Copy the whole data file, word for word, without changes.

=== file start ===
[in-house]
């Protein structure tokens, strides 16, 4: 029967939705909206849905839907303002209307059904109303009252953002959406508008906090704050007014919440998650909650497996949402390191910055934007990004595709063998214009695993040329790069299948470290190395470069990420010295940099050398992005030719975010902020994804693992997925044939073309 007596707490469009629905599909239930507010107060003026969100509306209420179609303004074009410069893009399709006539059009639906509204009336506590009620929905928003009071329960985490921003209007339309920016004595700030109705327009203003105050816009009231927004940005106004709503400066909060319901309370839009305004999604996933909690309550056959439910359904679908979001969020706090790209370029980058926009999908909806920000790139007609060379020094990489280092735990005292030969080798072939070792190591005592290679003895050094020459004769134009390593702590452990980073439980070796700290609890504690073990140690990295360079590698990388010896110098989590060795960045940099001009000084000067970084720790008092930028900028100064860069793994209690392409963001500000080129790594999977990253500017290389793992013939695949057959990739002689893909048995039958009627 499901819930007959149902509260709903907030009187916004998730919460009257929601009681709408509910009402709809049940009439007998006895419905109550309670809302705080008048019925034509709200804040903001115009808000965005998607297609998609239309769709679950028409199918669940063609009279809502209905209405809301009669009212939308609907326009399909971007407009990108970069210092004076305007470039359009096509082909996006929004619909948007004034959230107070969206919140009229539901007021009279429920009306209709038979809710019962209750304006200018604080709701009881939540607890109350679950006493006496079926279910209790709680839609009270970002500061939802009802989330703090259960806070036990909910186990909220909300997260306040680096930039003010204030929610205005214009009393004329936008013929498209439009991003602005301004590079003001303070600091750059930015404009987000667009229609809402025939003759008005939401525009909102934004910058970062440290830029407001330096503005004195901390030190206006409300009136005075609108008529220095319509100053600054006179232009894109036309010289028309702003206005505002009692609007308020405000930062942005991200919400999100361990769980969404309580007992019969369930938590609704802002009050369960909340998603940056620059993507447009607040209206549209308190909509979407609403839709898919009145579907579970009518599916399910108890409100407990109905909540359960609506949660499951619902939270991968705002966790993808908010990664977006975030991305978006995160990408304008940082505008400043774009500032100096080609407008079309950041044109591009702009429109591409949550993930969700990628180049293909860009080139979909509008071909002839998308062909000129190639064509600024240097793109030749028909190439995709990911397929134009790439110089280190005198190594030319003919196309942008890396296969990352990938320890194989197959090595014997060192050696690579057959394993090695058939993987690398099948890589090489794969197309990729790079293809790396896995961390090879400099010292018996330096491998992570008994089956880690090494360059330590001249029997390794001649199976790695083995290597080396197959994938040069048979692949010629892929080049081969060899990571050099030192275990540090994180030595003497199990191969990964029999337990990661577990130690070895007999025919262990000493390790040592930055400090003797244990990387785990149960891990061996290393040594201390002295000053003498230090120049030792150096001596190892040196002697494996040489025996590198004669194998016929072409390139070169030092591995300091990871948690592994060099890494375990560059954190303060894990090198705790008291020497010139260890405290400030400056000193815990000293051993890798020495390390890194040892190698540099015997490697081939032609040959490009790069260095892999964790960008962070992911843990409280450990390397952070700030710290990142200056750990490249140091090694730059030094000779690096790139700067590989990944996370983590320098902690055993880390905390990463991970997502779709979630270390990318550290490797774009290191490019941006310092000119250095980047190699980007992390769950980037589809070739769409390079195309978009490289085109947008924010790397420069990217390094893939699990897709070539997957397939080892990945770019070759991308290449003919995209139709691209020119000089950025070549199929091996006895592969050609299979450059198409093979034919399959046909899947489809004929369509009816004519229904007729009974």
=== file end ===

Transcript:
[in-house]
């Protein structure tokens, strides 16, 4: 029967939705909206849905839907303002209307059904109303009252953002959406508008906090704050007014919440998650909650497996949402390191910055934007990004595709063998214009695993040329790069299948470290190395470069990420010295940099050398992005030719975010902020994804693992997925044939073309 007596707490469009629905599909239930507010107060003026969100509306209420179609303004074009410069893009399709006539059009639906509204009336506590009620929905928003009071329960985490921003209007339309920016004595700030109705327009203003105050816009009231927004940005106004709503400066909060319901309370839009305004999604996933909690309550056959439910359904679908979001969020706090790209370029980058926009999908909806920000790139007609060379020094990489280092735990005292030969080798072939070792190591005592290679003895050094020459004769134009390593702590452990980073439980070796700290609890504690073990140690990295360079590698990388010896110098989590060795960045940099001009000084000067970084720790008092930028900028100064860069793994209690392409963001500000080129790594999977990253500017290389793992013939695949057959990739002689893909048995039958009627 499901819930007959149902509260709903907030009187916004998730919460009257929601009681709408509910009402709809049940009439007998006895419905109550309670809302705080008048019925034509709200804040903001115009808000965005998607297609998609239309769709679950028409199918669940063609009279809502209905209405809301009669009212939308609907326009399909971007407009990108970069210092004076305007470039359009096509082909996006929004619909948007004034959230107070969206919140009229539901007021009279429920009306209709038979809710019962209750304006200018604080709701009881939540607890109350679950006493006496079926279910209790709680839609009270970002500061939802009802989330703090259960806070036990909910186990909220909300997260306040680096930039003010204030929610205005214009009393004329936008013929498209439009991003602005301004590079003001303070600091750059930015404009987000667009229609809402025939003759008005939401525009909102934004910058970062440290830029407001330096503005004195901390030190206006409300009136005075609108008529220095319509100053600054006179232009894109036309010289028309702003206005505002009692609007308020405000930062942005991200919400999100361990769980969404309580007992019969369930938590609704802002009050369960909340998603940056620059993507447009607040209206549209308190909509979407609403839709898919009145579907579970009518599916399910108890409100407990109905909540359960609506949660499951619902939270991968705002966790993808908010990664977006975030991305978006995160990408304008940082505008400043774009500032100096080609407008079309950041044109591009702009429109591409949550993930969700990628180049293909860009080139979909509008071909002839998308062909000129190639064509600024240097793109030749028909190439995709990911397929134009790439110089280190005198190594030319003919196309942008890396296969990352990938320890194989197959090595014997060192050696690579057959394993090695058939993987690398099948890589090489794969197309990729790079293809790396896995961390090879400099010292018996330096491998992570008994089956880690090494360059330590001249029997390794001649199976790695083995290597080396197959994938040069048979692949010629892929080049081969060899990571050099030192275990540090994180030595003497199990191969990964029999337990990661577990130690070895007999025919262990000493390790040592930055400090003797244990990387785990149960891990061996290393040594201390002295000053003498230090120049030792150096001596190892040196002697494996040489025996590198004669194998016929072409390139070169030092591995300091990871948690592994060099890494375990560059954190303060894990090198705790008291020497010139260890405290400030400056000193815990000293051993890798020495390390890194040892190698540099015997490697081939032609040959490009790069260095892999964790960008962070992911843990409280450990390397952070700030710290990142200056750990490249140091090694730059030094000779690096790139700067590989990944996370983590320098902690055993880390905390990463991970997502779709979630270390990318550290490797774009290191490019941006310092000119250095980047190699980007992390769950980037589809070739769409390079195309978009490289085109947008924010790397420069990217390094893939699990897709070539997957397939080892990945770019070759991308290449003919995209139709691209020119000089950025070549199929091996006895592969050609299979450059198409093979034919399959046909899947489809004929369509009816004519229904007729009974």